Natal origin affects host preference and larval performance relationships in a tritrophic system
2017 (English)In: Ecology and Evolution, ISSN 2045-7758, E-ISSN 2045-7758, Vol. 7, 2079-2090 p.Article in journal (Refereed) Published
Many insects face the challenge to select oviposition sites in heterogeneous environments where biotic and abiotic factors can change over time. One way to deal with this complexity is to use sensory experiences made during developmental stages to locate similar habitats or hosts in which larval development can be maximized. While various studies have investigated oviposition preference and larval performance relationships in insects, they have largely overlooked that sensory experiences made during the larval stage can affect such relationships. We addressed this issue by determining the role of natal experience on oviposition preference and larval performance relationships in a tritrophic system consisting of Galerucella sagittariae, feeding on the two host plants Potentilla palustris and Lysimachia thyrsiflora, and its larval parasitoid Asecodes lucens. We firstly determined whether differences in host-derived olfactory information could lead to divergent host selection, and secondly, whether host preference could result in higher larval performance based on the natal origin of the insects. Our results showed that the natal origin and the quality of the current host are both important aspects in oviposition preference and larval performance relationships. While we found a positive relationship between preference and performance of natal Lysimachia beetles, natal Potentilla larvae showed no such relationship and developed better on L. thyrsiflora. Additionally, the host selection by the parasitoid was mainly affected by the natal origin, while its performance was higher on Lysimachia larvae. With this study we showed that the relationship between oviposition preference and larval performance depends on the interplay between the natal origin of the female and the quality of the current host. However, without incorporating the full tritrophic context of these interactions, their implication in insect fitness and potential adaptation cannot be fully understood.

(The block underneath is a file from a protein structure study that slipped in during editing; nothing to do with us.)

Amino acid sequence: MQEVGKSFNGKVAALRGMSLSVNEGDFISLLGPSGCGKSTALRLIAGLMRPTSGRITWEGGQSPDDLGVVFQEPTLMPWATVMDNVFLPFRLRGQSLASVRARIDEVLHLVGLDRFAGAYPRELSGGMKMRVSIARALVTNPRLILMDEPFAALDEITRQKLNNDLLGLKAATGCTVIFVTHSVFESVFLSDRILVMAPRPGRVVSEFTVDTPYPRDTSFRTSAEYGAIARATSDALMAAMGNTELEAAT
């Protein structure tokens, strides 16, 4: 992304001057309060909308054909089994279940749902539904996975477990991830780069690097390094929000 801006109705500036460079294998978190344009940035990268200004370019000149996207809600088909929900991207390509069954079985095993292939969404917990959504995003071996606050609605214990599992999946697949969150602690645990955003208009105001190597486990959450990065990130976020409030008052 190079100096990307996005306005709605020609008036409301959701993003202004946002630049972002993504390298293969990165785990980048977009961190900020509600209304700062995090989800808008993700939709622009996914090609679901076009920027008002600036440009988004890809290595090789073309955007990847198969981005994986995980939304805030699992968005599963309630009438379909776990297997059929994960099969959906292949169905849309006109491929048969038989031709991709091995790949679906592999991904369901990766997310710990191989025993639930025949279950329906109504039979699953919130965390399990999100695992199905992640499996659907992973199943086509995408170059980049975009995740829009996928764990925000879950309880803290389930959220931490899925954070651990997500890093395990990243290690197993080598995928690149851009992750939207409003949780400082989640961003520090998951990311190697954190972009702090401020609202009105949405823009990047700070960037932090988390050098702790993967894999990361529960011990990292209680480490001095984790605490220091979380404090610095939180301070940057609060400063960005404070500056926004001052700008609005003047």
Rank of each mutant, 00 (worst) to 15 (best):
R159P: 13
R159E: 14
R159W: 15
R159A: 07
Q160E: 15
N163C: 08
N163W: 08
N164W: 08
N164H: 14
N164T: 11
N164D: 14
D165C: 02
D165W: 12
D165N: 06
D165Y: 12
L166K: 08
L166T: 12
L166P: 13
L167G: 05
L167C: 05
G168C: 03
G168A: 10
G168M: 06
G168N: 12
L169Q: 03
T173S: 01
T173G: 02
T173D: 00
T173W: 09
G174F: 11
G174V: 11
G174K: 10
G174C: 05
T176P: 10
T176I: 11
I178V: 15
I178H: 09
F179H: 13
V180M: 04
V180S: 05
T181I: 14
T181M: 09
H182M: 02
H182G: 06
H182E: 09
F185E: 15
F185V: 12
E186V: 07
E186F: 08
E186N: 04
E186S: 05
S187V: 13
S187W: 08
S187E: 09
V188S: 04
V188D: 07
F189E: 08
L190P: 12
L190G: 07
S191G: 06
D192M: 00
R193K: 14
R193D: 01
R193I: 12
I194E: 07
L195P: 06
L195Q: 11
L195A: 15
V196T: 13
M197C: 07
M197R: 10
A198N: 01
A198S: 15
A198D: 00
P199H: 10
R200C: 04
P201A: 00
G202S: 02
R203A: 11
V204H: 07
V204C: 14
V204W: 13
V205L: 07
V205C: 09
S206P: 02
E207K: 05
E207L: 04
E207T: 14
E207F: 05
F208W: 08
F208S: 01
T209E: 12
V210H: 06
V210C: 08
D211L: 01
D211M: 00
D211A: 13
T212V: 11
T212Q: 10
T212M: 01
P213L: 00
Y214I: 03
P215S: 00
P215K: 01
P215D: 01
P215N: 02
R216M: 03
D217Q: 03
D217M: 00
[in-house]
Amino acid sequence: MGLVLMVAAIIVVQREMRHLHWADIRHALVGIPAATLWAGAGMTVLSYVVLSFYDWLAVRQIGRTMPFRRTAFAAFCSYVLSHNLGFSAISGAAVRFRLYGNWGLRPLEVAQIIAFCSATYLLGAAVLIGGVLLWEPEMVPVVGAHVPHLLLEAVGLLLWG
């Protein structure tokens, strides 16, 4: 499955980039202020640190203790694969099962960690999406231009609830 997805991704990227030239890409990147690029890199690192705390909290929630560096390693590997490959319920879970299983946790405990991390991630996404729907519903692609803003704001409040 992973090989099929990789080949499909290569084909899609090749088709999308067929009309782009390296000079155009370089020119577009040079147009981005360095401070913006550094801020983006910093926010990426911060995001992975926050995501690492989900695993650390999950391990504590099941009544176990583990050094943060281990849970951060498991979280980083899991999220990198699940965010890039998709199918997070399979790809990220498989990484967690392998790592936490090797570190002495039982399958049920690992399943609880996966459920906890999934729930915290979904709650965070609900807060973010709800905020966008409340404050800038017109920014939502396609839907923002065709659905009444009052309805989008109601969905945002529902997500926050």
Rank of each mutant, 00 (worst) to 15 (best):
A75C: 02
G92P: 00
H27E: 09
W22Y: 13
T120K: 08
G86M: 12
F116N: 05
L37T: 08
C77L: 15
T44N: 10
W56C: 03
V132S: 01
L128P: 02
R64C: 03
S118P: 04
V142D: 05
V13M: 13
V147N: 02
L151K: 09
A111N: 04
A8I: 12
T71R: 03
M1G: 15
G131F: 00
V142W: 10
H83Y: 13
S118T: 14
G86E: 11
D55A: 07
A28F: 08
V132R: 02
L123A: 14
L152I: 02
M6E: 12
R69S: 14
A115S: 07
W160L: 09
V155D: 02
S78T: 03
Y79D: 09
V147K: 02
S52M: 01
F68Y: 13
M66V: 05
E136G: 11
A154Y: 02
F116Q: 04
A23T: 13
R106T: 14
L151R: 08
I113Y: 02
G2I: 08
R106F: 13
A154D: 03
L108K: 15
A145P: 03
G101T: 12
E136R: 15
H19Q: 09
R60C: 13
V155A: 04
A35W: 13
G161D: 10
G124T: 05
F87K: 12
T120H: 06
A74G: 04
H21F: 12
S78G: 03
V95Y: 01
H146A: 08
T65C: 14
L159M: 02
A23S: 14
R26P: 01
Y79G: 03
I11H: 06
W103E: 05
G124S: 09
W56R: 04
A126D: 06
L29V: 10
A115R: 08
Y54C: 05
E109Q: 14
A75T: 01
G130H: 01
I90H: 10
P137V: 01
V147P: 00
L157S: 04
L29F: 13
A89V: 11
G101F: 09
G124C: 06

Place, publisher, year, edition, pages
2017. Vol. 7, 2079-2090 p.
Asecodes lucens, Galerucella sagittariae, larval performance, natal experience, oviposition preference, tritrophic interactions
IdentifiersURN: urn:nbn:se:su:diva-141759OAI: oai:DiVA.org:su-141759DiVA: diva2:1088807